The U.S. Attorney’s Office excludes a number of categories of individuals from participating in the Program. Disclosing individuals cannot have engaged in the use of force or violence, any sex offense involving fraud, force, coercion of a minor, or any offense involving terrorism or implicating national security. They cannot have a previous felony conviction or a conviction of any kind for conduct involving fraud or dishonesty. Also excluded are elected or appointed and confirmed officials, federal law enforcement officials and agents, and any person “who is of major public interest.” The latter category of individuals is excluded presumably because the U.S. Attorney’s Office wants to avoid the negative blowback that might arise from cutting a non-prosecution deal with an individual who will receive significant media attention. Finally, and perhaps most intriguing, is the fact that the Program specifically excludes chief executive officers, chief financial officers, and the equivalent, presumably because the U.S. Attorney’s Office views the corporate leadership responsibilities of these individuals as too substantial to warrant such leniency.
Individuals who do not meet all of the requirements of the program are not necessarily excluded from receiving a non-prosecution agreement under the program. The Program, by its terms, specifically allows for prosecutors to consider exercising discretion to extend a non-prosecution agreement to individuals who do not otherwise qualify for the program, provided supervisory approval is obtained and the result is consistent with the principles set forth in DOJ’s Justice Manual. In this regard, the Program includes a list of considerations for prosecutors seeking to exercise such discretion.
The Program applies only to the U.S. Attorney’s Office for the SDNY and is presented in the form of an internal guidance memorandum. The memo specifically states that it is not intended to “create any substantive or procedural rights, privileges, or benefits enforceable in any administrative, criminal, or civil matter” and reserves to the U.S. Attorney’s Office the discretion to apply the program, notwithstanding the fact that the memo contains assertive language stating that, where the conditions of the Program are met, the office “will” enter into a non-prosecution agreement in exchange for an individual’s cooperation.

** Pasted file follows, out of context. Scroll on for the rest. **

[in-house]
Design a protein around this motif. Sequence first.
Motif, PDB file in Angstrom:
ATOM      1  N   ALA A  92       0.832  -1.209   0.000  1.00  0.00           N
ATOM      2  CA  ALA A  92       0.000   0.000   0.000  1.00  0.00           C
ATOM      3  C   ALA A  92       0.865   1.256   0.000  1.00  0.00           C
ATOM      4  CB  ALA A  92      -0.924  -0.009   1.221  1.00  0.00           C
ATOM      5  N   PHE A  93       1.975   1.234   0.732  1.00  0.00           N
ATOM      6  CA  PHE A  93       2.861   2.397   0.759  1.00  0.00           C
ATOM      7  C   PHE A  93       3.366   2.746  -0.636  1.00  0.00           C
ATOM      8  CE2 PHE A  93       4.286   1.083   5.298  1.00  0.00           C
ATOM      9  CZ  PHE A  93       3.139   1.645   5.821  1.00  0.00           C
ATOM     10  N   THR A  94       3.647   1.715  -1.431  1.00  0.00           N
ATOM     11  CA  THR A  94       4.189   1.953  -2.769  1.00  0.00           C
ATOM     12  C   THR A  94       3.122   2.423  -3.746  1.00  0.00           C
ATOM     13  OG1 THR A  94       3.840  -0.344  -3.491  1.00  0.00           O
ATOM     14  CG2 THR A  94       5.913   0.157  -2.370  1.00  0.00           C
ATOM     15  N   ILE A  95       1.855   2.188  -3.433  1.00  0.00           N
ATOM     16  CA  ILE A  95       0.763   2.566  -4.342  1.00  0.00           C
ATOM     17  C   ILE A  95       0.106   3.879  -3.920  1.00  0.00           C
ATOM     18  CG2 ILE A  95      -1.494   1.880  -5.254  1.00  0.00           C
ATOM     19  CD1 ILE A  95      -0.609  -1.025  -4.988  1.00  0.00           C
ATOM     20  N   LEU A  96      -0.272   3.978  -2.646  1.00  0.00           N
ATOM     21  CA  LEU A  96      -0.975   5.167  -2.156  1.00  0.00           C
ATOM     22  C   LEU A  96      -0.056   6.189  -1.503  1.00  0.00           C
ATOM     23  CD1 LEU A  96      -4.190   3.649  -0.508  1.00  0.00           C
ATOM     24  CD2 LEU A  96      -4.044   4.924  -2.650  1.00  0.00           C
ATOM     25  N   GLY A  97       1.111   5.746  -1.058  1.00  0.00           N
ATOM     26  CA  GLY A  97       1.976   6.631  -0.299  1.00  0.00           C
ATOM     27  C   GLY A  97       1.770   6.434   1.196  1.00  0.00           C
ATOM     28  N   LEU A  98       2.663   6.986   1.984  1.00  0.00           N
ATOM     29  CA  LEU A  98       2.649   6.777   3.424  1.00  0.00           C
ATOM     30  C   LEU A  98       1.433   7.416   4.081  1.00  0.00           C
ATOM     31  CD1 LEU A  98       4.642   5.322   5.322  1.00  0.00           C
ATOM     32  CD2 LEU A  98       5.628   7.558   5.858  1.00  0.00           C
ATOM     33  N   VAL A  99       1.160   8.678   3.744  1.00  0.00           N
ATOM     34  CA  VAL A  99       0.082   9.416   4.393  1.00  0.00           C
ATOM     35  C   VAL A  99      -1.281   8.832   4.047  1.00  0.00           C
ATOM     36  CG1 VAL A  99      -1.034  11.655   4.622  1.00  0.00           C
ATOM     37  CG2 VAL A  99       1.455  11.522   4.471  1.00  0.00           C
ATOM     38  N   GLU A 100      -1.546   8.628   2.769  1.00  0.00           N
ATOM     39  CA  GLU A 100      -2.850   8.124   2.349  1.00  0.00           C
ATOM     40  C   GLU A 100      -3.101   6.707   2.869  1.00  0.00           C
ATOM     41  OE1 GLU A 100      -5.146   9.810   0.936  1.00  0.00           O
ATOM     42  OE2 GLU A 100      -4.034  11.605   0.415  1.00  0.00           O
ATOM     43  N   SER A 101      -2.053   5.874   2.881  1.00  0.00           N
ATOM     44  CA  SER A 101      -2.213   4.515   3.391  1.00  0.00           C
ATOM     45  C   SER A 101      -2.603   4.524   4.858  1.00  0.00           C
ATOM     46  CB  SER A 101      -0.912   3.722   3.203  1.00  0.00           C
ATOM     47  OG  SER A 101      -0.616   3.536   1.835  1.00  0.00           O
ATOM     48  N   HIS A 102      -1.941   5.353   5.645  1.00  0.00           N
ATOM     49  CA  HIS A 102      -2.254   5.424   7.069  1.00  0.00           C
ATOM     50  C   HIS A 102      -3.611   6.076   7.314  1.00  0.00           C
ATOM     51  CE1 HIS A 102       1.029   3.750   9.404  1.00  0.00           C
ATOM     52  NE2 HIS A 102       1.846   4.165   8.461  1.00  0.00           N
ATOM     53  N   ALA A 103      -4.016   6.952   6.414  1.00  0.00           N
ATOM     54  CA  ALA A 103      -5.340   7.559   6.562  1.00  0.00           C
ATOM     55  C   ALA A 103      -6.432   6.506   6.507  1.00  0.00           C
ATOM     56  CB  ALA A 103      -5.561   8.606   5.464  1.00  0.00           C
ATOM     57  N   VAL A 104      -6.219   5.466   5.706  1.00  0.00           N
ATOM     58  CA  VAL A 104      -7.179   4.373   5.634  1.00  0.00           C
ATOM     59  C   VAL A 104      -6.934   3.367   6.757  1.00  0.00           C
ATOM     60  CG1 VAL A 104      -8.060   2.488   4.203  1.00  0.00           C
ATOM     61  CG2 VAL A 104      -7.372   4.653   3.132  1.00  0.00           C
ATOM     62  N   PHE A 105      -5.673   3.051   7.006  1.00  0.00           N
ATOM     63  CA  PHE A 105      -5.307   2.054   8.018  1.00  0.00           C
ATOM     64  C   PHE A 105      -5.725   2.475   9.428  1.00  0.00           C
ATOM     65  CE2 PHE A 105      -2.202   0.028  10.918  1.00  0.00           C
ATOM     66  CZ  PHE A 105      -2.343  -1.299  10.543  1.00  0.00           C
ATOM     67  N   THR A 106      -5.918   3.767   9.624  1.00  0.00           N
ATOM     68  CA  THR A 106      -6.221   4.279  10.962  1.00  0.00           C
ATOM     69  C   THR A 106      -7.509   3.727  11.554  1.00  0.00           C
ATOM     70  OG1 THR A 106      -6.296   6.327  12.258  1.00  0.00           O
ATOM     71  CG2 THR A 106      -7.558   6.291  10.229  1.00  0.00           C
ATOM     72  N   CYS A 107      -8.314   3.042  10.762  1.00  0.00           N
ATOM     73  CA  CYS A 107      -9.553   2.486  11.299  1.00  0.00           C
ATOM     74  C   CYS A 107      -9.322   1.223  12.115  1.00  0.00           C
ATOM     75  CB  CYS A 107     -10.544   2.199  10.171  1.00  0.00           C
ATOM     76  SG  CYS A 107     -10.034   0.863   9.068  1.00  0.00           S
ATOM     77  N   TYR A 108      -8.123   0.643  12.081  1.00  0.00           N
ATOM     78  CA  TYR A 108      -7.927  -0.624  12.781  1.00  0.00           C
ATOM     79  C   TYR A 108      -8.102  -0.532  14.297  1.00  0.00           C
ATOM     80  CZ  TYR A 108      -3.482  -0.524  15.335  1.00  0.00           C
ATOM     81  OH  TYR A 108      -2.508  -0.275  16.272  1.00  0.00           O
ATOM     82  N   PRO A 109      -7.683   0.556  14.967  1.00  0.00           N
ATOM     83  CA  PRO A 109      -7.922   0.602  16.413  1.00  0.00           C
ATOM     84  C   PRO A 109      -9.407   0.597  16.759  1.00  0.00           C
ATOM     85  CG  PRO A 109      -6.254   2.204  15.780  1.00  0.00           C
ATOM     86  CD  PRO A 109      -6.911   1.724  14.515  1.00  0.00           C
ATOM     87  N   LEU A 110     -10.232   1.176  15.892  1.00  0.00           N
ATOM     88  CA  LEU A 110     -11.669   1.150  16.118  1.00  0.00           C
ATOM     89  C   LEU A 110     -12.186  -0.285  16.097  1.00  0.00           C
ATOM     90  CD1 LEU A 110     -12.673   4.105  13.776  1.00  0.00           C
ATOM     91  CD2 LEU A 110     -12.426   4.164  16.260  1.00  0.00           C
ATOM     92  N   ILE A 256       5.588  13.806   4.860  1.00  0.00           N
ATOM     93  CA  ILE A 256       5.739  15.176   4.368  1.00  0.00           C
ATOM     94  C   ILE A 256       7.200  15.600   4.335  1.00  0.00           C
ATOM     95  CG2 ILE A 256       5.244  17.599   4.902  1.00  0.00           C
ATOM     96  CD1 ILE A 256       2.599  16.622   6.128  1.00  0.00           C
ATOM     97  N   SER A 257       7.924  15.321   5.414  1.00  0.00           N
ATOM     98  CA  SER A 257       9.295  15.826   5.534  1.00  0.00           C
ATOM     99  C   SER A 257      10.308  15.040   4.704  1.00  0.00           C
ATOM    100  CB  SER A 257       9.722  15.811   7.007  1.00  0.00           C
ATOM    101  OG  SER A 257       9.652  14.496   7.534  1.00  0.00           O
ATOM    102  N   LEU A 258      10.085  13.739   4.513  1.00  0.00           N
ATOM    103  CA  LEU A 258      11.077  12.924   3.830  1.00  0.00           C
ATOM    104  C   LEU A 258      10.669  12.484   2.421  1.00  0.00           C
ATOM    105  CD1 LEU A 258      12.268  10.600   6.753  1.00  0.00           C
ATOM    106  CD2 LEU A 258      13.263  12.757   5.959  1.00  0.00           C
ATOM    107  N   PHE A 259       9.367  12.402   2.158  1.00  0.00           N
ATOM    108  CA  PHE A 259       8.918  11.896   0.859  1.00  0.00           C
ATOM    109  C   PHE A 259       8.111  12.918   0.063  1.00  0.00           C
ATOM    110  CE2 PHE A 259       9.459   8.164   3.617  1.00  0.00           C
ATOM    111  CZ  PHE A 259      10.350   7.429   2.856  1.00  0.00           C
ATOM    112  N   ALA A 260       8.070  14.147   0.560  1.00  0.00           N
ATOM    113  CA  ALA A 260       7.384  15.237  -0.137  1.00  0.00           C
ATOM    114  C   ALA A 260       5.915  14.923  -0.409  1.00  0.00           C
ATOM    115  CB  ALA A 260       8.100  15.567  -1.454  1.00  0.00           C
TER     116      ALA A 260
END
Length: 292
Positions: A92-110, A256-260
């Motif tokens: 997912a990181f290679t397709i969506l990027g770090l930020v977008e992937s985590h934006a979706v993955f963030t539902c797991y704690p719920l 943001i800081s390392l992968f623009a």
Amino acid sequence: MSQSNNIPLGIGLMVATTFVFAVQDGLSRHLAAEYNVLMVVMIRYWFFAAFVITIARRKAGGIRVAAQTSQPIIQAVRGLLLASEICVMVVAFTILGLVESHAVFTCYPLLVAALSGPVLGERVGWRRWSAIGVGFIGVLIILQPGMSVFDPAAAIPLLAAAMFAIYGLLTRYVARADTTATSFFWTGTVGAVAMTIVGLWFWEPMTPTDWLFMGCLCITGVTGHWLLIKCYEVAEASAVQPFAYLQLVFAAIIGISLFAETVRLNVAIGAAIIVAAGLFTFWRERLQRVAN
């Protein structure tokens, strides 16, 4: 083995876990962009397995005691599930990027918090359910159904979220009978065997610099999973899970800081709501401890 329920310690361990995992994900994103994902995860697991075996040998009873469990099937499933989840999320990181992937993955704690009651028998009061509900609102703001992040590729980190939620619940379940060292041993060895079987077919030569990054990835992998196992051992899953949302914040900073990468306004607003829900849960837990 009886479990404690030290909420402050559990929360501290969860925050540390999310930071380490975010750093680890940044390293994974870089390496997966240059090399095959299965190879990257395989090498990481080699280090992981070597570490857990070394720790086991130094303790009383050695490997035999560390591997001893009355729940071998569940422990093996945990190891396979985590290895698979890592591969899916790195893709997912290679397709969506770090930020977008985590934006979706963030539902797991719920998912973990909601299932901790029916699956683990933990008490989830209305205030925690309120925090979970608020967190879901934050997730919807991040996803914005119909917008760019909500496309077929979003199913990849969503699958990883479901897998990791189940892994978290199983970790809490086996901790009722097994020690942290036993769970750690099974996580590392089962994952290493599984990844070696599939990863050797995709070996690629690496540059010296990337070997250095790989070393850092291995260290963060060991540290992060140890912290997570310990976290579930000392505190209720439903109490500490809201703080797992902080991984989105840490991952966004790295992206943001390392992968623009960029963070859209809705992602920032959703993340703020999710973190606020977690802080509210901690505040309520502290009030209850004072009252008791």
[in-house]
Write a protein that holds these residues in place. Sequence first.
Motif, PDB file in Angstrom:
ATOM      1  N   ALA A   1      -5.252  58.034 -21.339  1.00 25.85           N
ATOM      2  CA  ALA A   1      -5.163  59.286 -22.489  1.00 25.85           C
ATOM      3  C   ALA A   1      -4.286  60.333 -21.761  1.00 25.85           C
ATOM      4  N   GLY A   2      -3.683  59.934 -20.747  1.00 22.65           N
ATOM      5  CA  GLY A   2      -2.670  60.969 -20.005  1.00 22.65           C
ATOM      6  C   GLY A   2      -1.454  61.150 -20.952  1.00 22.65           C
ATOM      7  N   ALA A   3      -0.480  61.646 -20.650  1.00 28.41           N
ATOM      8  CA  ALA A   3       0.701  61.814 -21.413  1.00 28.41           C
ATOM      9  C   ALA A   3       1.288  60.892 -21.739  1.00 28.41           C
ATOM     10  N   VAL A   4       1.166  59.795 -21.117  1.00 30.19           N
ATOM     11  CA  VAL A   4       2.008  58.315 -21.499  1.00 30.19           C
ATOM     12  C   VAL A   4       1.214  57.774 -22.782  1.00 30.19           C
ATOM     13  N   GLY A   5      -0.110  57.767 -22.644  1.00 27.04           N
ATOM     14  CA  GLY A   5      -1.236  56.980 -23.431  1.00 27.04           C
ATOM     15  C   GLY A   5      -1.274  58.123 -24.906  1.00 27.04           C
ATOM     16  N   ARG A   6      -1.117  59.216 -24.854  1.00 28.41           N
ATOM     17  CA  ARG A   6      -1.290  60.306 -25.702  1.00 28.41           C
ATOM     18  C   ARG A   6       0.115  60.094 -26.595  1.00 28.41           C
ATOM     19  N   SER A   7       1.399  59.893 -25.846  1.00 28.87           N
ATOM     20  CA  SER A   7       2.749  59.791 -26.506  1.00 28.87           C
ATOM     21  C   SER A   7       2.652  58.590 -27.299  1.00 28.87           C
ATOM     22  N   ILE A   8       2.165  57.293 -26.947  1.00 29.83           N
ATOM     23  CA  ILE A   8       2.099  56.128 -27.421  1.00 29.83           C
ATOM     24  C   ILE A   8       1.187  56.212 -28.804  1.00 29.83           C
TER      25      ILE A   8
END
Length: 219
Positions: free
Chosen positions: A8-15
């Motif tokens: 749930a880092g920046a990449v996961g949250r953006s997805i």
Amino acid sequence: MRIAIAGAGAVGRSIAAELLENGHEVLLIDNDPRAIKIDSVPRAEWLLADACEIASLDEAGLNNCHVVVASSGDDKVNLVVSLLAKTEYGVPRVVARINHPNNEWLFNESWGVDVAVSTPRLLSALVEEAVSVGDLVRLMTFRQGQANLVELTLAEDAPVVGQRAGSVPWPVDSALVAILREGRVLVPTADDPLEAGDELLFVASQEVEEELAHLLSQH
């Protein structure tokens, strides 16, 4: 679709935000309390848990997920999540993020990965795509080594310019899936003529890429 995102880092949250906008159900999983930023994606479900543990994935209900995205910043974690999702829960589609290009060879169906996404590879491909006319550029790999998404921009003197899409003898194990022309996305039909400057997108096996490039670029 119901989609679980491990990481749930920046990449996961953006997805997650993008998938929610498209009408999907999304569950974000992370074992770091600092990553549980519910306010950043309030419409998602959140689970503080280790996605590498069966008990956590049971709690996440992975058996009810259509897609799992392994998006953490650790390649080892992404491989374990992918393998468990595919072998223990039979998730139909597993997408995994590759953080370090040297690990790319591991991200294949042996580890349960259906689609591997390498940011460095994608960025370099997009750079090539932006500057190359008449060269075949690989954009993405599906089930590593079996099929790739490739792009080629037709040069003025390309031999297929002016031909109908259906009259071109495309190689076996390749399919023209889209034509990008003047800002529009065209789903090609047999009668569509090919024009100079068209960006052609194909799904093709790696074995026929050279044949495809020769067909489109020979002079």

It is unclear whether the Program will result in an increase in self-disclosures and resulting corporate criminal investigations conducted by the U.S. Attorney’s Office, but the program announcement highlights for companies both the continued importance of considering the risk that government agencies will learn about company internal compliance challenges and the value of investing in corporate compliance programs. It will be interesting, however, to see how the Program may affect the quality of witnesses the government relies on in the prosecution of corporate crime. Because witnesses who qualify for the program will not have to plead guilty and accept responsibility for their crimes, skilled defense counsel will be able to pursue a line of cross-examination focused on the leniency that these witnesses received in exchange for implicating others, which can be used to impeach their credibility and portray their testimony as bought rather than genuine. This may have little effect on the prosecution of companies as company resolutions are often negotiated short of trial, but it may have a significant impact on the strength of criminal cases the government brings against other individuals who allegedly participated in the reported corporate crimes. It will also be interesting to see if this policy causes culpable whistleblowers to favor disclosing corporate crimes to the Office of the U.S. Attorney for the SDNY instead of other components of DOJ and other agencies, such as the Securities and Exchange Commission, which could trigger a competition for self-disclosures.
The announcement of the Whistleblower Pilot Program by the U.S. Attorney for the SDNY and the memorandum outlining the program are available here.